Aguilera arrived in Puerto Eden from Santiago in 1975 with the simple intention of “describing” the language as a linguist. There he met a people nearly cut off from the outside world. Among the little contact they’d had, oddly, was with NASA. The space agency came to the village in 1959 to conduct experiments on the ability of humans to withstand extremely cold temperatures. An elderly villager told Aguilera that the NASA scientists asked one Kawesqar man to sit naked in a cold tent with his feet in a bucket of water. He fled in the middle of the night.

Aguilera befriended Gabriela’s in-laws and knew Gabriela’s husband well. He got to know her two young boys, and when they were teenagers, Aguilera took them to Santiago, where they finished school and went to college. Now they all live together in Punta Arenas with Juan Carlos’s three young children, who use the affectionate term for “grandfather” with Aguilera.

When I visited the home for dinner one night, the three children ran up to greet me. They attend the local British school, and so were taught in Spanish and English. One little girl proudly read me last night’s homework: “I played in the yard,” and “I rode my Bicycle,” she beamed. It’s cool speaking the dominant language.

Later, I asked Juan Carlos why they didn’t speak Kawesqar at home. Wouldn’t it make sense, since the children were at that magic language-acquisition stage of youth?

“We are going to teach them later,” he said. Juan Carlos added that they needed the proper books. Of course, Aguilera is the man who compiled the grammar and teaching manual for Kawesqar and is working on a dictionary with Jose. But government funds for these projects are spotty, and Aguilera admits it will be years before they are completed.

Their answers revealed just how difficult language resurrection is. Learning a language, even your mother’s, requires enormous motivation. Plus, Juan Carlos and Jose say they are “semi-speakers”- in part because they were taken away from home so young to be educated in Spanish-dominated schools. Even the fluent Kawesqar speakers in Puerto Eden have occasionally asked Aguilera, the lexicographer, to remind them of a certain word. “Some days,” Aguilera told me when we were alone for a while, “I think that I might be the last speaker of Kawesqar.”

Among linguists, the sorrowful story of the “last speaker” is practically a literary genre. The names ring out, like a Homeric catalogue. Ned Maddrell, the last speaker of Manx, died in the village of Cregneash on the Isle of Man in 1974. Tevfik Esenc, the last speaker of Ubykh, died in Turkey in 1992. Red Thunder Cloud, the last speaker of Catawba, died in 1996. More are coming. Marie Smith-Jones in Alaska, the last speaker of Eyak, is 83 years old.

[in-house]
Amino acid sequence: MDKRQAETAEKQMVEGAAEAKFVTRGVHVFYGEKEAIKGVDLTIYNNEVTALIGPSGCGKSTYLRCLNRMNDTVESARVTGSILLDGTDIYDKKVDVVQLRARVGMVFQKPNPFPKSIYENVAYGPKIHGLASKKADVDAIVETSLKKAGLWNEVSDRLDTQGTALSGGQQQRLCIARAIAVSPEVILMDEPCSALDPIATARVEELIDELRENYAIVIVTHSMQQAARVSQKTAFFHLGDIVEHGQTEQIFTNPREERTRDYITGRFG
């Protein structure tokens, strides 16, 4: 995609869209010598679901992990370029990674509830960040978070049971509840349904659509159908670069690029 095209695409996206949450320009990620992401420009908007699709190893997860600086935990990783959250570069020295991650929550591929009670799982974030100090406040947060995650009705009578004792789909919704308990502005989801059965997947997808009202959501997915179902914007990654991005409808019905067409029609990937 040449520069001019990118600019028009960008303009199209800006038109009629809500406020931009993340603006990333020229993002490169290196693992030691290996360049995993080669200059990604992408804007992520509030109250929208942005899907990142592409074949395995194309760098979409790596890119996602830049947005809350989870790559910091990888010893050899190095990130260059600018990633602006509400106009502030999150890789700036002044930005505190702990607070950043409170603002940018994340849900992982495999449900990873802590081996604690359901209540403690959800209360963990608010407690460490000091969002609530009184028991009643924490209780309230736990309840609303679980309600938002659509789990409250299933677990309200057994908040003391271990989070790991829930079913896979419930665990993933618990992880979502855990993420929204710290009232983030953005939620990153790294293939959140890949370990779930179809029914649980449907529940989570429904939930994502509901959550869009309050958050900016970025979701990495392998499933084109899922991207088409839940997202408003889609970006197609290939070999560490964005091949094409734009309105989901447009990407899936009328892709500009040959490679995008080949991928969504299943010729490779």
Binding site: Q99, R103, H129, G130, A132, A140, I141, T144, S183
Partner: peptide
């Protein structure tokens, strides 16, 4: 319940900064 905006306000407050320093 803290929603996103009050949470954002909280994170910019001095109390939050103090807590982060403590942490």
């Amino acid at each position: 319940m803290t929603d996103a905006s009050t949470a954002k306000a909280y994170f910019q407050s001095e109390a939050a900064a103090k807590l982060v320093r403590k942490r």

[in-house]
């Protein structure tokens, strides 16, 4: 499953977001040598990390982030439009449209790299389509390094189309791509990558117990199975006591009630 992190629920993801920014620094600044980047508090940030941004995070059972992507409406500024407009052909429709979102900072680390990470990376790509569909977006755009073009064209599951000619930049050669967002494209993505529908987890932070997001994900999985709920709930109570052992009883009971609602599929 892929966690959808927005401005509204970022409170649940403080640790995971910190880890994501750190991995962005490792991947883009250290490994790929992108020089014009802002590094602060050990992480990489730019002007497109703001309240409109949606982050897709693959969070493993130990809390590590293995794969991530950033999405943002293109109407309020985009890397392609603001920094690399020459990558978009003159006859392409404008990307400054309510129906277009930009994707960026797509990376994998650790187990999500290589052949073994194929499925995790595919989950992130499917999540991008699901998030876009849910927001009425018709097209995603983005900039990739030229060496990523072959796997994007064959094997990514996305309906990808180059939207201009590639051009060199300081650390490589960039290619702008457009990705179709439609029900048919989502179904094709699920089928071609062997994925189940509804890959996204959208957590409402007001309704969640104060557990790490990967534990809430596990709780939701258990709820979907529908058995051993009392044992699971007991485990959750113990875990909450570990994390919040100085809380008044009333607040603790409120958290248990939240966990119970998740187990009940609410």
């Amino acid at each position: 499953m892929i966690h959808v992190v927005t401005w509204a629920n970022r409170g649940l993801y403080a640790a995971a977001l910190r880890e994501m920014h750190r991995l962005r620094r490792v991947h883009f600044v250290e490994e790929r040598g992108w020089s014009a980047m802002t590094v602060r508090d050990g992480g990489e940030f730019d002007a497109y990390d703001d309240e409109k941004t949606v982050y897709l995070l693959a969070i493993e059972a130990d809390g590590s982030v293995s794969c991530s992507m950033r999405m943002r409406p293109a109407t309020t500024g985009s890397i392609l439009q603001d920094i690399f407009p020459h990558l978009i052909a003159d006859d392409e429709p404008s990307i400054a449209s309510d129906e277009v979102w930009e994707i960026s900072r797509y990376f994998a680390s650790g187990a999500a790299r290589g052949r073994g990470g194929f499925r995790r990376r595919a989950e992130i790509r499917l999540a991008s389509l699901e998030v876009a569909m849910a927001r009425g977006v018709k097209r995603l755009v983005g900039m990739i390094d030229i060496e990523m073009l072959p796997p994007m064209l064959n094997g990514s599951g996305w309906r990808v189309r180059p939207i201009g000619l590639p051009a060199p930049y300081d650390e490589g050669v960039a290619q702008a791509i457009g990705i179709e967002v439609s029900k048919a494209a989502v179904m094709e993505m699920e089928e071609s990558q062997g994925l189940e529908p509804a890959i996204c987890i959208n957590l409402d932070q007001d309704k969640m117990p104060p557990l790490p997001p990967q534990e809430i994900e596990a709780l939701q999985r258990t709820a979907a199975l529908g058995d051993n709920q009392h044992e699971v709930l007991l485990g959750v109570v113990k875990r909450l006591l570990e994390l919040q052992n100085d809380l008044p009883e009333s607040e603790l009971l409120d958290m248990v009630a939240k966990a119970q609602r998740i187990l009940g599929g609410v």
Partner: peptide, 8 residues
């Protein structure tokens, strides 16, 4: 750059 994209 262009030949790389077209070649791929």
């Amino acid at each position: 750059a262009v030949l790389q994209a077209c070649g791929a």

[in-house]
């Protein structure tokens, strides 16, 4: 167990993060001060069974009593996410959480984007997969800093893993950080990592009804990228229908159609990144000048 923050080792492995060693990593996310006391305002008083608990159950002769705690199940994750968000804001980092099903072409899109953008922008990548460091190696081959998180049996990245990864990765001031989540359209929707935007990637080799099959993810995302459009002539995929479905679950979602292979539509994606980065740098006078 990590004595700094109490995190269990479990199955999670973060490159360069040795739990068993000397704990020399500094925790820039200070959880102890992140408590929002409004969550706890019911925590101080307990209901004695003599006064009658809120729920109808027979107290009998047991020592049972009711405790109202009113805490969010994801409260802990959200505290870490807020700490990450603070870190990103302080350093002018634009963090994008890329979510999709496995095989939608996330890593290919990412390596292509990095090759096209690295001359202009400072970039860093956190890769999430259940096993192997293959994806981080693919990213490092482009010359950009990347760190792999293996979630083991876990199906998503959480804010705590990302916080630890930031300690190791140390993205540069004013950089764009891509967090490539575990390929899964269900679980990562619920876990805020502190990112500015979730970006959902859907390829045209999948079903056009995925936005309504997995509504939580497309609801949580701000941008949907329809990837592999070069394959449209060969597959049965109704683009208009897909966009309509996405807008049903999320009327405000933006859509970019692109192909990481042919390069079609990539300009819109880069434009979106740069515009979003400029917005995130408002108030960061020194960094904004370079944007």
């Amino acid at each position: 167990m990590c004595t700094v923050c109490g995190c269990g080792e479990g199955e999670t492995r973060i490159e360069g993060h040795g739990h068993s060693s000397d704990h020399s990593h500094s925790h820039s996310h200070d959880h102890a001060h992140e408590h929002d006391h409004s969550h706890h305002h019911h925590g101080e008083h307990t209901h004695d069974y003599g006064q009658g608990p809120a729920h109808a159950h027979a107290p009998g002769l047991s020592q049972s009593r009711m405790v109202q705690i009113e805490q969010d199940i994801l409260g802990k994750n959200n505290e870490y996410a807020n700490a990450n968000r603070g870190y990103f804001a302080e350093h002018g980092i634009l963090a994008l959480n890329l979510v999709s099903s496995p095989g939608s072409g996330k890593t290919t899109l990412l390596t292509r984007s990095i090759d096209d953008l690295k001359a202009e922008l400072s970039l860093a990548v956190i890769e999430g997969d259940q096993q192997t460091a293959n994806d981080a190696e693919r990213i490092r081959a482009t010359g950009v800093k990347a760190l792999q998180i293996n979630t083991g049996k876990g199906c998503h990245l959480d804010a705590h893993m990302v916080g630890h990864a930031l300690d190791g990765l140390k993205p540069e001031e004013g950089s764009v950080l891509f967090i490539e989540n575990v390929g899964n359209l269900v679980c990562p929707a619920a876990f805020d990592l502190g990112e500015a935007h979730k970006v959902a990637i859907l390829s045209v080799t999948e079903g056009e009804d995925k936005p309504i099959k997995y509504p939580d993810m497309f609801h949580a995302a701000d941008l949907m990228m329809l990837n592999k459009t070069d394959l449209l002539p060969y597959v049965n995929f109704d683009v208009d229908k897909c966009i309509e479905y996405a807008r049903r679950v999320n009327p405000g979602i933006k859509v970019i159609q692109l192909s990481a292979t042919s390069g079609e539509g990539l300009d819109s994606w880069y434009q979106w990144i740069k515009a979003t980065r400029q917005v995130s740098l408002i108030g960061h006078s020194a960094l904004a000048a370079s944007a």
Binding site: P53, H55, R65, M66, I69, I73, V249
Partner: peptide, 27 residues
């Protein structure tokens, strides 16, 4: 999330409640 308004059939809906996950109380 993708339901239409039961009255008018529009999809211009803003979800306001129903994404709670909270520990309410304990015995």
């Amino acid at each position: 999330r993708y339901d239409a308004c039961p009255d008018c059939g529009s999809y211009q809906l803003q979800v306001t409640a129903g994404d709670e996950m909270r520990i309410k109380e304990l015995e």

Farther south from the Kawesqar, I learned, lived the last speaker of Yaghan. Many people urged me to visit Puerto Williams and its native settlement, called Ukika, because of that intriguing notion, that all of Yaghan now dwells entirely in the mind of one elderly woman, Cristina Calder—n.

Right away, though, I discovered that the “last speaker” of Yaghan is accustomed to charging passengers from the cruise ship that arrives each week for the privilege of taking her picture or hearing a few of the last words in her unusual-sounding language. From me she wanted impossible sums of money. When I tried to sneak in early one morning for a quick interview, word travelled in the village so fast that within minutes her granddaughter/booking agent was through the door and a screaming match broke out (not in Yaghan).

That night, Aguilera and I decided to pursue a rumour that there was in fact another Yaghan, a penultimate speaker named Emelinda, who hadn’t mastered the cruise-ship racket. We managed to get inside Emelinda’s house without attracting attention.

She was a kind old woman whose Yaghan, according to Aguilera, was authentic. Our conversation was brief and brittle. When I asked Emelinda what could be done to keep Yaghan alive, she said she was already doing it, as if a formal programme were under way. “I talk to myself in Yaghan,” Emelinda explained in Spanish. “When I hang up my clothes outside, I say the words in Yaghan. Inside the house, I talk in Yaghan all day long.”

I asked her if she ever had a conversation with the only other person in the world who could easily understand her, Cristina Calderón, the official “last speaker” of Yaghan. “No,” Emelinda said impatiently, as if I’d brought up a sore topic. “The two of us don’t talk.”

After returning from Chile, I learned that the last-speaker hustle isn’t new. Remember Red Thunder Cloud, the last Catawba speaker? Actually, he was Cromwell Ashbie Hawkins West, the son of an African-American druggist in Newport, R.I. According to Ives Goddard of the Smithsonian, West was “a great mimic and fast learner.” He quickly mastered the language, donned some turquoise jewellery and, until his death in 1996, worked the last-speaker circuit. Usually, he could be found at county fairs, hawking Red Thunder Cloud’s Accabonac Princess American Indian Tea: “fresh from the American forest to you.”